One insight that helps is that the kind of car driver that I encountered yesterday are a minority. And that their toxicity is fuelled and cooked in the ovens of their cars. When they step out of their vehicles, they turn into just ordinary, unlikable, generally harmless non-entities of the kind it is easy to ignore. 

It helps me to classify car drivers into a kind of toxicity scale. 

At the bottom are those who are, simply, ignorant. These drivers are not aggressive, in any kind of considered way, to cyclists, or even in possession of any definitive attitude towards those who choose to ride bikes on their roads. These drivers are usually just as ignorant of the rights of other car drivers to use what they believe to be their space on the road. This kind cuts everyone off. This kind think nothing of overtaking any other road user and then slamming on the brakes to turn left 20 metres down the road. The problem for us cyclists is that we are particularly invisible to car drivers of this kind. Their car-induced comas generally admit the possibility of giving space to, possibly, a truck; but, never, ever, to a cyclist. This is the behaviour of people who fully absorb the sensations of removal that sitting in a tin box seems to encourage. The world outside of their car becomes a kind of video game where the only real person is him or herself. They probably never spare a thought for the cyclist they have just cut off enroute to turning left. They never see the middle finger raised in the trail of resentment they blissfully leave behind. These drivers are dealt with most effectively through assuming that all car drivers are of that kind. We cyclists need and must assume the very worst if we are to stay alive. I know some cyclists think that taking on such an extreme stance of defensive riding tends to taint the experience of what should otherwise be our blissful rides; but I reckon if we ride as though every car driver has fangs and a predilection to strike, we can soon acclimatise to the realities of the road and the car-induced behavioural perversions that sitting in a climate controlled tin box seems to invoke. 

Next up the scale are those who are both ignorant and intentional in their hurling of abuse. These are the horn honkers, the window down ‘get off the road’ (or worse; much, much, worse) aggro bloatards who are so unaccountably annoyed that anyone should ever get in their way. We should take consolation that this kind also take umbrage to other car drivers as well. The aggravations from this level of the ‘toxic spectrum’ are short lived. When you take them out of their tin boxes, they almost seem normal, if not the kind you’d ever want to invite around to dinner. It is here, and only here, I think, that we cyclists can be successful in playing the ignore them routine. There is, generally, and by my definition at this level of the toxicity scale, a cap on how far this kind will go. Should they choose to get out of their car at the next set of traffic lights or roundabout to confront the cyclist victim of their hate, they have self-selected upwards to the next highest level on the scale.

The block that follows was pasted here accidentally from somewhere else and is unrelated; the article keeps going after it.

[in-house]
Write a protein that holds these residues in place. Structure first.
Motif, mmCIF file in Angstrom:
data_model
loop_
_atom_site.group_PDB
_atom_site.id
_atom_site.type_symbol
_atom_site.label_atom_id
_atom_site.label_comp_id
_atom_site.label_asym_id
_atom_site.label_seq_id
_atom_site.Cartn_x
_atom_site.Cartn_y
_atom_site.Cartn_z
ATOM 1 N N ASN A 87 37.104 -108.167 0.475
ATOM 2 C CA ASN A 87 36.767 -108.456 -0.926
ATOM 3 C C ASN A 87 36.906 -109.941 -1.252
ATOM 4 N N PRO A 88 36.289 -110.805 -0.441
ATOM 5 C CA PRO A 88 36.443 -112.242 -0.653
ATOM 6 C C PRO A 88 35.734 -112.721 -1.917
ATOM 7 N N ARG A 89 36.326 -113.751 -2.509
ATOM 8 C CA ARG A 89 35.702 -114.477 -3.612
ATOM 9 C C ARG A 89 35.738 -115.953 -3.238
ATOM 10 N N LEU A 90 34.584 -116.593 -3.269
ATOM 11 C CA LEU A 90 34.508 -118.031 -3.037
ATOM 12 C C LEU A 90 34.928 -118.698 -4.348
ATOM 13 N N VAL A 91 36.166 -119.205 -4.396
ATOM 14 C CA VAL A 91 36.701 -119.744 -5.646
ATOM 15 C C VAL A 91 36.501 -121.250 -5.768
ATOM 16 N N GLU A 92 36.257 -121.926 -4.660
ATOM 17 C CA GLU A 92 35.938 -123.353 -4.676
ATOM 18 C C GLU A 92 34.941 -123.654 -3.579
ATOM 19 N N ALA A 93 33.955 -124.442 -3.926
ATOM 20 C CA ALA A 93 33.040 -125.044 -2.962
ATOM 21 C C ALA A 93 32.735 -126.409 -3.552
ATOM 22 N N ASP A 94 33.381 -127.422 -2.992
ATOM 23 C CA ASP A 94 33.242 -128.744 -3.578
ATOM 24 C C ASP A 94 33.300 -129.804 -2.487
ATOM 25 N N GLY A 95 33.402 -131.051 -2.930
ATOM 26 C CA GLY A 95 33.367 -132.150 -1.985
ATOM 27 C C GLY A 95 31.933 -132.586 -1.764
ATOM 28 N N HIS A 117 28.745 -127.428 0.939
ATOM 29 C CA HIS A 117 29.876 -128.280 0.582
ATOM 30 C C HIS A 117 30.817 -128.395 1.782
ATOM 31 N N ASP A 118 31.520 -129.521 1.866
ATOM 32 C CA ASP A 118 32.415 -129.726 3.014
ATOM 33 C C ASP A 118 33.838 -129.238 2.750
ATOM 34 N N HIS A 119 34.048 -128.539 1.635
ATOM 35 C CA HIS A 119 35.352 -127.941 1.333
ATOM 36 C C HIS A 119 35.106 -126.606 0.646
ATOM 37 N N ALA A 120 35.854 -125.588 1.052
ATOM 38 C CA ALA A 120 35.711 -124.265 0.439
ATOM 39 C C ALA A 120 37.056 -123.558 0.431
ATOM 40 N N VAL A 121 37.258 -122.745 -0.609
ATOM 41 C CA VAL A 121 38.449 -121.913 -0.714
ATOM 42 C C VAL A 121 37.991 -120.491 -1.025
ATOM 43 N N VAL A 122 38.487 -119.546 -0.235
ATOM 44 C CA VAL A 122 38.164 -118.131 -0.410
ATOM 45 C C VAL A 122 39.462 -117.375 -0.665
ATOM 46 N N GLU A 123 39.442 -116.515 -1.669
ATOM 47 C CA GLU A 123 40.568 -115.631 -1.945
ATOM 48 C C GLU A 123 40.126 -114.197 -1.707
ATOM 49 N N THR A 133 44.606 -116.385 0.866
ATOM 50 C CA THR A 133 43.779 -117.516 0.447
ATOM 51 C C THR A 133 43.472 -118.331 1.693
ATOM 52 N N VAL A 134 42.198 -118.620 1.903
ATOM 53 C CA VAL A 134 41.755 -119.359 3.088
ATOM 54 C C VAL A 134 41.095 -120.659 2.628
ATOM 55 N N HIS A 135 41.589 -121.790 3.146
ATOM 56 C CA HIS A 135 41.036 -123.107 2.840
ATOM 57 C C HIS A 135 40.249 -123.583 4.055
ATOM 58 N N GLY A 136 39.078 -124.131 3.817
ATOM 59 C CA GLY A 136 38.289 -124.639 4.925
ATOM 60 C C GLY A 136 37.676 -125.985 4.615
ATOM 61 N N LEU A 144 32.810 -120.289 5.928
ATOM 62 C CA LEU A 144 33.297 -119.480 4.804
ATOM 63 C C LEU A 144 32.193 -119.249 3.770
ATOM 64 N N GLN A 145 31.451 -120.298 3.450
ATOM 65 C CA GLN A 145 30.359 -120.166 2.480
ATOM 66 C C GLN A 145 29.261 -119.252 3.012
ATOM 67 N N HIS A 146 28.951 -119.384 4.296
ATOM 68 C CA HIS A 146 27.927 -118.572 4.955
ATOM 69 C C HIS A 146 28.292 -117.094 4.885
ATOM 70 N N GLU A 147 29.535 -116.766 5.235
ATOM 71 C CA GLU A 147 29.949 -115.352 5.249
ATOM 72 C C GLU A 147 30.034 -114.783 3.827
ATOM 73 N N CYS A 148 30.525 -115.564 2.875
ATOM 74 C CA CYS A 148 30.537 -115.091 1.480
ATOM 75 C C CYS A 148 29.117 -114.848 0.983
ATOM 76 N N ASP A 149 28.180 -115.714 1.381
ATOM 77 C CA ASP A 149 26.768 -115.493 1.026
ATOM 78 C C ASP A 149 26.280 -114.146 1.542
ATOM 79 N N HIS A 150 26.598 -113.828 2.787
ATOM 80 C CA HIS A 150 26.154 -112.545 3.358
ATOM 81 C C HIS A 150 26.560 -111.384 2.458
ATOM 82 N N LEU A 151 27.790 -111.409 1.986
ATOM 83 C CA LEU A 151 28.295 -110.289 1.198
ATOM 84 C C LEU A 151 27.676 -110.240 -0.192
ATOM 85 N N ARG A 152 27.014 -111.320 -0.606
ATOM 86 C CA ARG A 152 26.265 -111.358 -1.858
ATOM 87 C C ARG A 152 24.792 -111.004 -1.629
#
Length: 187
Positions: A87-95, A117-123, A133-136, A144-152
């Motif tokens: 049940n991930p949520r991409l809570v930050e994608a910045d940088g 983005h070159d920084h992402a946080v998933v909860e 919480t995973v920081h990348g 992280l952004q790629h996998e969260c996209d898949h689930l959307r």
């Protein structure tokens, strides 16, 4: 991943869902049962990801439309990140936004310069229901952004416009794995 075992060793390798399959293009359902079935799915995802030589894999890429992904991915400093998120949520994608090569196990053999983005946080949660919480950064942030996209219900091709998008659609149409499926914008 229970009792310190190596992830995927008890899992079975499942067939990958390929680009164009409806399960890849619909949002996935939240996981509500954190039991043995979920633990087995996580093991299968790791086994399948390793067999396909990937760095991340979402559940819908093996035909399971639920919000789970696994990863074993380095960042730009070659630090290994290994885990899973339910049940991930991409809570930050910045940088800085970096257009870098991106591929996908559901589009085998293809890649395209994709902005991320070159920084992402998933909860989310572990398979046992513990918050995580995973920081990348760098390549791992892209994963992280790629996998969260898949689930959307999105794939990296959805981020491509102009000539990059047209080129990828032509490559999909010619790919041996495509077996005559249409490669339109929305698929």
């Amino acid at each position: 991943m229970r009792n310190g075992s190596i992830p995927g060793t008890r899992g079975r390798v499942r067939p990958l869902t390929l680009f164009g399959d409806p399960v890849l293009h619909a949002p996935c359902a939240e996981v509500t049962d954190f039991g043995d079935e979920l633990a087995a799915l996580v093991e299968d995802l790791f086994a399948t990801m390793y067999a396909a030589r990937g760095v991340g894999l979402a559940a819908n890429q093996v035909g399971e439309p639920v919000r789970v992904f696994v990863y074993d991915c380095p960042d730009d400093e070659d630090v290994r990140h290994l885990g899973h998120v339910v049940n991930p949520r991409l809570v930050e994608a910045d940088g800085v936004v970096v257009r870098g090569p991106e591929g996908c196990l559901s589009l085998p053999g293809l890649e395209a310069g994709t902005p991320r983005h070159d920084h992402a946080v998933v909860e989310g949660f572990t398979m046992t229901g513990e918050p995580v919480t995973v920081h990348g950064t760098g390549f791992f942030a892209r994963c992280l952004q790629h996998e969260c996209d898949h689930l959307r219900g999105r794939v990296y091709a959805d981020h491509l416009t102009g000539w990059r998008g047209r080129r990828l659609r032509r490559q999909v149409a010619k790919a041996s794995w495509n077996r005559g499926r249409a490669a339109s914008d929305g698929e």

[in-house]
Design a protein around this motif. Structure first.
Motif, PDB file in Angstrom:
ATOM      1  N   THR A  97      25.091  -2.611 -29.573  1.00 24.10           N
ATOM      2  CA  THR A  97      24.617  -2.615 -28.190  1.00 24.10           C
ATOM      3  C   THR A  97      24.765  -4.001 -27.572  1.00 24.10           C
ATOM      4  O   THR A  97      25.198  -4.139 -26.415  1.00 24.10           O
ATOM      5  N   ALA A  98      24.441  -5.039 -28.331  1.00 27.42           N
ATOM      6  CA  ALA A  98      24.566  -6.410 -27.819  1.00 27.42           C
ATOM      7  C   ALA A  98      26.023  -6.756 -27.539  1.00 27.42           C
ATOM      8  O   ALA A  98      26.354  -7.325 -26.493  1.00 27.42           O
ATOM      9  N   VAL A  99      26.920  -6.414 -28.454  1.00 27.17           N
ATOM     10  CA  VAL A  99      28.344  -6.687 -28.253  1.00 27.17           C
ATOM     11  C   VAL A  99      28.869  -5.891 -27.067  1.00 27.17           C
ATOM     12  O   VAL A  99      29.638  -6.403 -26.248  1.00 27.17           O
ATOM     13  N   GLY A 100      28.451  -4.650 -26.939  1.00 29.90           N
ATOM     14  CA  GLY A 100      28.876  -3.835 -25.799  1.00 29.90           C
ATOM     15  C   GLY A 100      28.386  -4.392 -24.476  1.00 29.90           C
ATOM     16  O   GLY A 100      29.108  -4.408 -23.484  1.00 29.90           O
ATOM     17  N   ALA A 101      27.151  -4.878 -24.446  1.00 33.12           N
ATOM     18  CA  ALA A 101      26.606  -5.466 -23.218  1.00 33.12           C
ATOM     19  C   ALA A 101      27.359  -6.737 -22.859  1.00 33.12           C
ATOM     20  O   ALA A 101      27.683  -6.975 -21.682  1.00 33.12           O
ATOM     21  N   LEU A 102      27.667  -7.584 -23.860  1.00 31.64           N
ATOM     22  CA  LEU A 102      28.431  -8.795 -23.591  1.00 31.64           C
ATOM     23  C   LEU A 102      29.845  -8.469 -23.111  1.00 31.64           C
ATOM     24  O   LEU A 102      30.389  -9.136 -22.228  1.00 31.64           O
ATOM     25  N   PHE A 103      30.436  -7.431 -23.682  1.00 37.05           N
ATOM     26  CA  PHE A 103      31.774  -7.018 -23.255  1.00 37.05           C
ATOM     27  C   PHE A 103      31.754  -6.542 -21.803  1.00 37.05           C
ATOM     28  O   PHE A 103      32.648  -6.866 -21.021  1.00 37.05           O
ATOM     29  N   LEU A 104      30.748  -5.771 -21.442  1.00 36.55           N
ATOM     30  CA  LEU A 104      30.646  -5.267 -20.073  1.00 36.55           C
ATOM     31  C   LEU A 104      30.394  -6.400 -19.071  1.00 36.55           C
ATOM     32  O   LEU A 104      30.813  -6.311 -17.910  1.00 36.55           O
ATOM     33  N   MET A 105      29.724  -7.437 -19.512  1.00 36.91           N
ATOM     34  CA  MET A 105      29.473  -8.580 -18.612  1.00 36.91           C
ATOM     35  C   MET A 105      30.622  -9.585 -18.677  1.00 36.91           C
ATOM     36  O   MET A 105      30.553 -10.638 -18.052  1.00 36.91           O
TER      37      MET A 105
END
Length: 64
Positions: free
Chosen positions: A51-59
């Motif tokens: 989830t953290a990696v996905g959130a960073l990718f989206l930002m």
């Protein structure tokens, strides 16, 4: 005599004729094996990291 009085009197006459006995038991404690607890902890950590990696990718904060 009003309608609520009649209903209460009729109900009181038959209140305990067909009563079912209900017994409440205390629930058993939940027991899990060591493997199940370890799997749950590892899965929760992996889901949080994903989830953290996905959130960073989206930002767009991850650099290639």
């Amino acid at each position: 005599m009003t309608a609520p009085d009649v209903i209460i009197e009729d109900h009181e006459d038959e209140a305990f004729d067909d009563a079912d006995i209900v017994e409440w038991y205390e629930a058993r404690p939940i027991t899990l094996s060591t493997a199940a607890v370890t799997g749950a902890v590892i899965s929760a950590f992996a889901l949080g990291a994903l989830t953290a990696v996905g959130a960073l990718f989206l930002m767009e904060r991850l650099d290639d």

That next level are pathologically disturbed. These are the people (usually male) who, via a flood of testosterone, will exit their car to raise a fist or deliver the very antithesis of a Shakespearian sonnet in the direction of the cyclist who, at least while ensconced in the delusional protections of their car, seemed  to be an easy target for the exercise of their territorial hate. A hatred that peters out very very quickly when standing man to cyclist outside the protections no longer on offer from their car. This kind are cowards. This is the kind who confronted me the other day. This rather time ravaged bloke with a fascinating lack of front teeth and an astounding inability to string more than five words together before brain fade, burst out of his SUV to confront me in the pedestrian mall where he saw me pull up. The fist I knew of his presence was when he pushed his body right up against me, bloated stomach and gap toothed red-necked rage as physically forced as he might without using his fists,  to articulate his intention to ‘do me here and now’. Whatever a fat enfeebled 60 year old might imagine he could actually inflict on someone, let’s say, who was taller, fitter to many orders of a degree, and, most impressively, I thought, laughing in his face. ‘Do me for what?’ I enquired. ‘You think you own the road’ he suggested. ‘Really?’, I asked.  ‘Who was it that illegally overtook me at the traffic lights and then slammed on his brakes to turn right into some pastry shop?’ Yes, I gave his car a good slap to wake him up. Which was dumb because the then took off after me and swerved across the road in an attempt to knock me off my bike. I disappeared between two cars and he then took up the police car chase of his dreams to take a victory of confrontation in that mall. Or so he thought up until about a minute had elapsed from leaving the securities of his SUV. I rather ungraciously proffered some suggestions about his likely long-term residency in a low rent caravan park and accompanying lack of front teeth before he rather gave up the game only to reappear, half an hour later, in a last ditch attempt at a road block with his ample body and opened car door back at those traffic lights where we first met. I upset him again by ignoring him totally. With a practiced straight ahead focus on what I was asserting to be my uninterrupted ride. On reflection, I was also at my worst by way of response. I could see that this guy was rather past the stage of actually giving grievous bodily harm without the backup of his car. But I neglected to consider how he might have subsequently used that car to take me out. And, really, I was rather concerned that he might elect to kick my bike and take out some spokes as an alternative to his struggling inarticulate verbal abuse. I had my number one most treasured bike by my side; my Bianchi Oltre. That gave me pause for concern, then and through to now.